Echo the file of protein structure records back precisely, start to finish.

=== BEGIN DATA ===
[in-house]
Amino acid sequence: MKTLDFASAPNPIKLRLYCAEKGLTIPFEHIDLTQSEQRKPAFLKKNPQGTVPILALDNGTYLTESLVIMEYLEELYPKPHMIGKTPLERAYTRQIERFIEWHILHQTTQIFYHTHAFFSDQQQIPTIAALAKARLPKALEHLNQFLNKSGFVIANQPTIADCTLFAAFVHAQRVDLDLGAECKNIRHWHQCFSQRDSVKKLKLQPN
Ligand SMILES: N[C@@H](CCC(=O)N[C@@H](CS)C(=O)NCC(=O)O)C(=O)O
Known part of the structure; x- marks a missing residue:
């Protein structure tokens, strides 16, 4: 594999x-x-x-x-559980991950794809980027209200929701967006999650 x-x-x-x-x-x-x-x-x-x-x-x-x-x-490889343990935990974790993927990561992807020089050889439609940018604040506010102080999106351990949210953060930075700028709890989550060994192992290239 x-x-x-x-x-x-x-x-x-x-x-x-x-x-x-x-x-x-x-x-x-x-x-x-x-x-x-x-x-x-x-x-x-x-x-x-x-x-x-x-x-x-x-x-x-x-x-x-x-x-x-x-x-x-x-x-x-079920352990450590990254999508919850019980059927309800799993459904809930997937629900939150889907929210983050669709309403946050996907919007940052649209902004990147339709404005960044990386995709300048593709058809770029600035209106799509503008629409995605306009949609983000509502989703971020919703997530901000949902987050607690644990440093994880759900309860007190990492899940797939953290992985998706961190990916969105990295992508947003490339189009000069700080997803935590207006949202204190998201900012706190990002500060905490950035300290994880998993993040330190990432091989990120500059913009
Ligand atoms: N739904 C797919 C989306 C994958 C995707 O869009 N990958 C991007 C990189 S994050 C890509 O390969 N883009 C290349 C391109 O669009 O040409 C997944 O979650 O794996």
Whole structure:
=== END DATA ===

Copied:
[in-house]
Amino acid sequence: MKTLDFASAPNPIKLRLYCAEKGLTIPFEHIDLTQSEQRKPAFLKKNPQGTVPILALDNGTYLTESLVIMEYLEELYPKPHMIGKTPLERAYTRQIERFIEWHILHQTTQIFYHTHAFFSDQQQIPTIAALAKARLPKALEHLNQFLNKSGFVIANQPTIADCTLFAAFVHAQRVDLDLGAECKNIRHWHQCFSQRDSVKKLKLQPN
Ligand SMILES: N[C@@H](CCC(=O)N[C@@H](CS)C(=O)NCC(=O)O)C(=O)O
Known part of the structure; x- marks a missing residue:
């Protein structure tokens, strides 16, 4: 594999x-x-x-x-559980991950794809980027209200929701967006999650 x-x-x-x-x-x-x-x-x-x-x-x-x-x-490889343990935990974790993927990561992807020089050889439609940018604040506010102080999106351990949210953060930075700028709890989550060994192992290239 x-x-x-x-x-x-x-x-x-x-x-x-x-x-x-x-x-x-x-x-x-x-x-x-x-x-x-x-x-x-x-x-x-x-x-x-x-x-x-x-x-x-x-x-x-x-x-x-x-x-x-x-x-x-x-x-x-079920352990450590990254999508919850019980059927309800799993459904809930997937629900939150889907929210983050669709309403946050996907919007940052649209902004990147339709404005960044990386995709300048593709058809770029600035209106799509503008629409995605306009949609983000509502989703971020919703997530901000949902987050607690644990440093994880759900309860007190990492899940797939953290992985998706961190990916969105990295992508947003490339189009000069700080997803935590207006949202204190998201900012706190990002500060905490950035300290994880998993993040330190990432091989990120500059913009
Ligand atoms: N739904 C797919 C989306 C994958 C995707 O869009 N990958 C991007 C990189 S994050 C890509 O390969 N883009 C290349 C391109 O669009 O040409 C997944 O979650 O794996």
Whole structure: